The Q&A Archives: Appropriate Plants For Rock Garden

Question: I would like to start a rock garden in an area that faces south, has full sun from mid-morning through the afternoon, is located on a slope, and has a rocky clay soil. Do I need to prepare the soil in any way and what plants should I consider using?

Answer: First off, you should run some basic soil tests to determine the state of your soil. Your County Agricultural Extension office can help you with the tests and interpreting the results in view of what you want to grow. They may also have some suggestions for plants that do particularly well in your area. In general rock garden plants require extremely good drainage. Although your soil is clay, on a steep slope the drainage should already be good, and the soil may in fact be quite dry. Here are some possibilities: shrubs such as junipers (available in many sizes and heights and needle colors), dwarf barberries and cotoneaster, herbs such as creeping thyme, sage and oregano, perennials such as the many forms of sedum, various dianthus, salvias, purple coneflowers, Russian sage, and creeping phlox. You may have to improve the soil somewhat with compost to get the best performance from this list. There are also companies that specialize in rock garden plants, including succulents and alpines, which should do well with little or no improvement of the soil:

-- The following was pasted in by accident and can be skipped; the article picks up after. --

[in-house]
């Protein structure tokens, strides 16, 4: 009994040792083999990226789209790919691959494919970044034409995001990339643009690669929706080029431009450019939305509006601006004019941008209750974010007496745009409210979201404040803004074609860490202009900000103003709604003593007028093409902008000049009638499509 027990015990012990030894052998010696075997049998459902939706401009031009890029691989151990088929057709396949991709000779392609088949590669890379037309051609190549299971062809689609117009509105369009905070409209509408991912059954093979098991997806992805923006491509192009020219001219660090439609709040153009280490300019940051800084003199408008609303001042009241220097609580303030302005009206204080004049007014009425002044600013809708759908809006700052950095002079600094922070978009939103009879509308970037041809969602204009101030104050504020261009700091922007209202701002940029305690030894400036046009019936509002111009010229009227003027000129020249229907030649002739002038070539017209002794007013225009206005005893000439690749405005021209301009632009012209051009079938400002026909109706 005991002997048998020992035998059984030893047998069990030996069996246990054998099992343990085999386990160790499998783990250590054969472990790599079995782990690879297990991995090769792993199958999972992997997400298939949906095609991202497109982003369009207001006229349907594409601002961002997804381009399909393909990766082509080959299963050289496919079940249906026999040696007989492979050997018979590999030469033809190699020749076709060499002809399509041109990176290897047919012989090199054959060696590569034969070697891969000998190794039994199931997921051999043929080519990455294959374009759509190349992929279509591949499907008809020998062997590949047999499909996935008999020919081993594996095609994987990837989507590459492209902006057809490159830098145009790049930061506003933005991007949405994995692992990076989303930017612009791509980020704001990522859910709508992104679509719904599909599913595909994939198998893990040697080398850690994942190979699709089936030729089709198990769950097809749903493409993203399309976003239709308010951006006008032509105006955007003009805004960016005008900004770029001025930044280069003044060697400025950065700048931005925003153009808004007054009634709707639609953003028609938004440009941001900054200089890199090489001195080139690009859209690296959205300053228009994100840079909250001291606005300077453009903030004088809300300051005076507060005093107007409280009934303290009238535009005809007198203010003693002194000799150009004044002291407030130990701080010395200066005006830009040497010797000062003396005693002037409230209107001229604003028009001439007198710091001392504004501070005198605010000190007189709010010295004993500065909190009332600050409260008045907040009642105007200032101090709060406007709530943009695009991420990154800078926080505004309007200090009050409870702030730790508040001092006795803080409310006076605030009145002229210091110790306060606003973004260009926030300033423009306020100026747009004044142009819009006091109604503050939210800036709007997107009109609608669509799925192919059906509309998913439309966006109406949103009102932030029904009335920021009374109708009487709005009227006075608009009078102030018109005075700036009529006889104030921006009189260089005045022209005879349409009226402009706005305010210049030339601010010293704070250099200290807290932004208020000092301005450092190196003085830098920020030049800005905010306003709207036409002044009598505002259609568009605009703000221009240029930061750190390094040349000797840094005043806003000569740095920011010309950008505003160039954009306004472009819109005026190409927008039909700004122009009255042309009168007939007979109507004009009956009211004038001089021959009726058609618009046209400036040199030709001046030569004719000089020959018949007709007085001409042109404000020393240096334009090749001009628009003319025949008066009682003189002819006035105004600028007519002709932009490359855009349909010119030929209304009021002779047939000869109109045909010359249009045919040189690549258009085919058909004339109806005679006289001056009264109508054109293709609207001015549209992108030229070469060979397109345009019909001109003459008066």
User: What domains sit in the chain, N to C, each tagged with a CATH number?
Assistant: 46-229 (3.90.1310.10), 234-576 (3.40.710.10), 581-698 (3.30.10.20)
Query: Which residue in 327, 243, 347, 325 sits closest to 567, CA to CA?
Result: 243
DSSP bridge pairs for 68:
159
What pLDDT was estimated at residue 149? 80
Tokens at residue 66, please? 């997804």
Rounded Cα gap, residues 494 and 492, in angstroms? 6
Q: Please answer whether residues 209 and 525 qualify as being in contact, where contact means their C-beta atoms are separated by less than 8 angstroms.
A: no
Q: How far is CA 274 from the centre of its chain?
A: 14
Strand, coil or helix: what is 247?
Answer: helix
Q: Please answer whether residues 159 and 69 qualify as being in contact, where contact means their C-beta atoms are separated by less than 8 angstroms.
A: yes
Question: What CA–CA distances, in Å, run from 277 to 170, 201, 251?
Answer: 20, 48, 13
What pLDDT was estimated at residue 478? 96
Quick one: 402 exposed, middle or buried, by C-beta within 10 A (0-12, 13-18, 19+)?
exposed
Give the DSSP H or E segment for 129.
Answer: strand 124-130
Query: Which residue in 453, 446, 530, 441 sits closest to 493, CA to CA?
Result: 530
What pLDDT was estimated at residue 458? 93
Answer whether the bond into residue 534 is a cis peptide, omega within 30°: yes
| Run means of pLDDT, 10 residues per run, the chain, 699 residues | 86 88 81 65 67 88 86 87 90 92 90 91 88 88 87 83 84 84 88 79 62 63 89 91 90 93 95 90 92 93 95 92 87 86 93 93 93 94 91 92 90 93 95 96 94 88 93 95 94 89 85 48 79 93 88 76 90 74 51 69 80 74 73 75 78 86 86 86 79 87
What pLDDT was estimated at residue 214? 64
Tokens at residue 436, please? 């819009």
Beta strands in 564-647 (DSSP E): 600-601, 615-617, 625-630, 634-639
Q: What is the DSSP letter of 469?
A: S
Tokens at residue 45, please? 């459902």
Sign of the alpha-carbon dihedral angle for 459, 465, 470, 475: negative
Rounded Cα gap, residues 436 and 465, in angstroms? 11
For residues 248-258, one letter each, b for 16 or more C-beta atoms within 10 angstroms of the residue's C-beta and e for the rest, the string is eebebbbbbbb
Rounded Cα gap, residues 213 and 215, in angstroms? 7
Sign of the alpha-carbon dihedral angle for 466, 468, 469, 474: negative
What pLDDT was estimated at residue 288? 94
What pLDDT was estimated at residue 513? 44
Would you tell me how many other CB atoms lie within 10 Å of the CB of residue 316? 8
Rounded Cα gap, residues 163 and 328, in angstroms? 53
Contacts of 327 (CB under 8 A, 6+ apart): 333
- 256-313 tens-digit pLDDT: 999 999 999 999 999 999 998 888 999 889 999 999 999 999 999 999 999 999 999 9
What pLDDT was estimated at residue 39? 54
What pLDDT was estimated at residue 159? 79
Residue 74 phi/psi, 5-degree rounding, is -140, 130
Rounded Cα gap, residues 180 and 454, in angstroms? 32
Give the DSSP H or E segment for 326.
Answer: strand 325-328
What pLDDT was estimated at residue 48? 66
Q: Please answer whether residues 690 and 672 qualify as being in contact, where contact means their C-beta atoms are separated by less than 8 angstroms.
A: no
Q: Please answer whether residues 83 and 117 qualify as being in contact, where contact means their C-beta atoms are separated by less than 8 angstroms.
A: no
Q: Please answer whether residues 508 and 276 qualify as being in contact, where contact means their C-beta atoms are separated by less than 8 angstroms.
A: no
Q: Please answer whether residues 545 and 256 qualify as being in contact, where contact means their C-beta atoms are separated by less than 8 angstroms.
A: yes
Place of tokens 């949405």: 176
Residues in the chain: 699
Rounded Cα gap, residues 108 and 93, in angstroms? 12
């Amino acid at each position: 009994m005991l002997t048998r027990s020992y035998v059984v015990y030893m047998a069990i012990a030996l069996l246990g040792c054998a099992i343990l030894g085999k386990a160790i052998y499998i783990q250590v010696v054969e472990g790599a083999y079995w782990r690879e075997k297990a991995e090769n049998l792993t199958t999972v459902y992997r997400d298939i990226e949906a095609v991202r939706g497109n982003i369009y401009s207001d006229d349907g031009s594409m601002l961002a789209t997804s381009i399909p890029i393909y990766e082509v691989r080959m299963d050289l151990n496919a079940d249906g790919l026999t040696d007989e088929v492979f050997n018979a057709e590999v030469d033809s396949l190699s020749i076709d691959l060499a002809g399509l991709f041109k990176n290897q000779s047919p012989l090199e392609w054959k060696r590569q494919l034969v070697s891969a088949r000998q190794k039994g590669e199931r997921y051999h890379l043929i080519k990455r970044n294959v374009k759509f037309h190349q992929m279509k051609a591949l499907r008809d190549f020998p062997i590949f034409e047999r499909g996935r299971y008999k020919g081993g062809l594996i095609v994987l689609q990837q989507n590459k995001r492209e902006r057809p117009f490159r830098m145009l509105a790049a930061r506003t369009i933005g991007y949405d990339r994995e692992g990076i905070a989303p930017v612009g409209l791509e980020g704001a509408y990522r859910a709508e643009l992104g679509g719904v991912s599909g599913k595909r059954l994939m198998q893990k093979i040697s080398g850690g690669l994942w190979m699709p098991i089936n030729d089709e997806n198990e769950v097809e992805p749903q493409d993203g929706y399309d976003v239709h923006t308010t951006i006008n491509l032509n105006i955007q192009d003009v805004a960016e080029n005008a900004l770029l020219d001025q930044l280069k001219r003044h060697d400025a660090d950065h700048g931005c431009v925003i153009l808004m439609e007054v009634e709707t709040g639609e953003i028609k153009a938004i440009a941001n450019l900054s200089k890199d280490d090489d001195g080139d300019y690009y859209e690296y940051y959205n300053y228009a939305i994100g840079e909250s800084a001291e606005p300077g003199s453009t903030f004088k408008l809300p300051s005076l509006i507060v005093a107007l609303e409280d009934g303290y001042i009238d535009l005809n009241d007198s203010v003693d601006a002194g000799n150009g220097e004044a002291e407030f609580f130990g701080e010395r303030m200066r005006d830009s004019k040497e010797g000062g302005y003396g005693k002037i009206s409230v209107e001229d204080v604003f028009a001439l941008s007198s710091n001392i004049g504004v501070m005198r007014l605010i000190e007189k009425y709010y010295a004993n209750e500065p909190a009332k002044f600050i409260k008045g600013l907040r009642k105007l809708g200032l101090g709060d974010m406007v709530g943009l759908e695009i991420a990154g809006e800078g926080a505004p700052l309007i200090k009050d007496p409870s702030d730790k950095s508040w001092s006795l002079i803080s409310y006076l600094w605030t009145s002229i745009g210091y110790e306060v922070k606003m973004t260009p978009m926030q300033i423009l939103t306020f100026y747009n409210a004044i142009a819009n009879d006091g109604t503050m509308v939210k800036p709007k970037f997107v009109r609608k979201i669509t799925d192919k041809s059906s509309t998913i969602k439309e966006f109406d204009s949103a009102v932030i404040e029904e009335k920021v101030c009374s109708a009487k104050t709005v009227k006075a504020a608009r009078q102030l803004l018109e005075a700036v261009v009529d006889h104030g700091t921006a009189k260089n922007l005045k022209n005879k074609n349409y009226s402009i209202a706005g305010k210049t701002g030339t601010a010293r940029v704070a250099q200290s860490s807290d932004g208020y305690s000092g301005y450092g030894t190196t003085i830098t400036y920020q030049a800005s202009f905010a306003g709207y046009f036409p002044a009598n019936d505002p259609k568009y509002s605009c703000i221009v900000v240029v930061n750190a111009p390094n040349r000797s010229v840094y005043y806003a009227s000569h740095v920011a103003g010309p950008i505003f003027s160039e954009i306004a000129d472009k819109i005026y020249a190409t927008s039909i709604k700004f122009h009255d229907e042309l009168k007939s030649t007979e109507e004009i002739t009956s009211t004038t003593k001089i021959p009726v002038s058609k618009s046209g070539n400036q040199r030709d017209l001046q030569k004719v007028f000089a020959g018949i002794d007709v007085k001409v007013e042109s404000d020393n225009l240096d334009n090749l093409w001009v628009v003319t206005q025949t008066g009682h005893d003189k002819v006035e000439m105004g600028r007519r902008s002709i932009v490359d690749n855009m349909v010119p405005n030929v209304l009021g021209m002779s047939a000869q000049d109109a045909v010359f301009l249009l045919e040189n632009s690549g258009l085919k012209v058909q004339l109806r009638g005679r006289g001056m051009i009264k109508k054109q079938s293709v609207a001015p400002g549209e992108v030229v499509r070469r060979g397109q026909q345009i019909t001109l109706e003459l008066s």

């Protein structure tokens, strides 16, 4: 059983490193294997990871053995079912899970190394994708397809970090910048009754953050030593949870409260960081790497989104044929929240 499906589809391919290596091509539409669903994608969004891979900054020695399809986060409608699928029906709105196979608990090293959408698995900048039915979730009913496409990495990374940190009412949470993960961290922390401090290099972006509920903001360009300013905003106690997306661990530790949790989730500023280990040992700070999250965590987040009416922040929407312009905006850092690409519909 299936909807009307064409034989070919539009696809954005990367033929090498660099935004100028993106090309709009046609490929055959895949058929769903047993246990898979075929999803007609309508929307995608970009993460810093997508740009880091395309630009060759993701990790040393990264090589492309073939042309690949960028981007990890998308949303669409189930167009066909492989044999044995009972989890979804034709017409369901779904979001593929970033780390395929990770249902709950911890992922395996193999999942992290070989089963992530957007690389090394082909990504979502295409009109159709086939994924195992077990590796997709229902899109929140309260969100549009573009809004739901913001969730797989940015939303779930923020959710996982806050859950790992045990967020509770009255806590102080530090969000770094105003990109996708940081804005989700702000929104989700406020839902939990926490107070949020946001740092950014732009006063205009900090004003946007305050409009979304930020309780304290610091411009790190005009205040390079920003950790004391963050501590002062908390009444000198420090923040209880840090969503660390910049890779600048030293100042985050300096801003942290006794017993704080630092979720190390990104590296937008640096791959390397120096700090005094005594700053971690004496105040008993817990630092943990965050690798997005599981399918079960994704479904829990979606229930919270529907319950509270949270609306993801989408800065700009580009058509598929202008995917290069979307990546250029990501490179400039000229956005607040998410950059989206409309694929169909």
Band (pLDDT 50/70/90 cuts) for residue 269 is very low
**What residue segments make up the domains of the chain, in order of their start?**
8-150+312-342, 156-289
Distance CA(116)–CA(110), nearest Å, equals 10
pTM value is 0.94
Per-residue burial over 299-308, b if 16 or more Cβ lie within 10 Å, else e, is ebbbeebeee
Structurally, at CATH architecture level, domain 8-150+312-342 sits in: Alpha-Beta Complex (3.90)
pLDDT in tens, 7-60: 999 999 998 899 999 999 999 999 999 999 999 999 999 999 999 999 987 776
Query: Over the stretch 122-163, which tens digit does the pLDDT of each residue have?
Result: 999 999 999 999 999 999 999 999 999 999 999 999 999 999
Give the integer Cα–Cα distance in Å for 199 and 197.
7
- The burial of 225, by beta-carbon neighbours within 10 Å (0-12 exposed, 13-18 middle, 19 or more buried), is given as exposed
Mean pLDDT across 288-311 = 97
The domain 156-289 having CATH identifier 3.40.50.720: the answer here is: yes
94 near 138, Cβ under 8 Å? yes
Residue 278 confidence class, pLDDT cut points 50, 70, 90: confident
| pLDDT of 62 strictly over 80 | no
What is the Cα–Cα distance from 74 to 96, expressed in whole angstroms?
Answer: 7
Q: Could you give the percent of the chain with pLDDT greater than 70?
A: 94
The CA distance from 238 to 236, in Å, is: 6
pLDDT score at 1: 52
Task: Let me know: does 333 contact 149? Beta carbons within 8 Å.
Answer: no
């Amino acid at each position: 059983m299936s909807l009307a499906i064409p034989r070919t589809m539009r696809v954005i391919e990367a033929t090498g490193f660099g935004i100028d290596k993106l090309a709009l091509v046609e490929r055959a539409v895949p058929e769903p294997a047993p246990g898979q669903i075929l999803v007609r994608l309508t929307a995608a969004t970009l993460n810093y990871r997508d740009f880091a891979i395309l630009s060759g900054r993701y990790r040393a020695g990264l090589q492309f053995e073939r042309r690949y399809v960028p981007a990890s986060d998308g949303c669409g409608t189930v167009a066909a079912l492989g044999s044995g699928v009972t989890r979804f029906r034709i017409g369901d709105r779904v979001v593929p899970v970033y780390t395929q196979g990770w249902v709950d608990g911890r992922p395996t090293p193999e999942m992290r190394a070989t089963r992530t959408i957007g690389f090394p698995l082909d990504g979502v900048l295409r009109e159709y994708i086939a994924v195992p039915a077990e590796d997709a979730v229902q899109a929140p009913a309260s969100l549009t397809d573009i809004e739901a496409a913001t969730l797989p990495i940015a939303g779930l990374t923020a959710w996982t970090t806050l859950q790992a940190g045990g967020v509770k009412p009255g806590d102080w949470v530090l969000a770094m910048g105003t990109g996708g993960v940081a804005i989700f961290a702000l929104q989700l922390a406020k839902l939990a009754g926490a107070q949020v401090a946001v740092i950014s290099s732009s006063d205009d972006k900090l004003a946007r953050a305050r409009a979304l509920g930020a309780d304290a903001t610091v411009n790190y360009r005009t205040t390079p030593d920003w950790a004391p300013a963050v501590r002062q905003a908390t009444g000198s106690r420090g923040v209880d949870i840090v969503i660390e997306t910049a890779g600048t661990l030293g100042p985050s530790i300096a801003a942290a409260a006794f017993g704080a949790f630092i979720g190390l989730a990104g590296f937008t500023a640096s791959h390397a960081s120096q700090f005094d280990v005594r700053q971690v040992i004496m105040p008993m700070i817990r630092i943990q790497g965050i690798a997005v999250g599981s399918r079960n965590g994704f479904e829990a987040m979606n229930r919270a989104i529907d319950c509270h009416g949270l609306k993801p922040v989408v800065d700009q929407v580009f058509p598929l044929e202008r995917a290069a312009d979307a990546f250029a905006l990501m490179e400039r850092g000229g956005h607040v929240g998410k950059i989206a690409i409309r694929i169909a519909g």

To read more about alpine and rock garden plants, visit the North American Rock Garden Society Web site at Enjoy your project!

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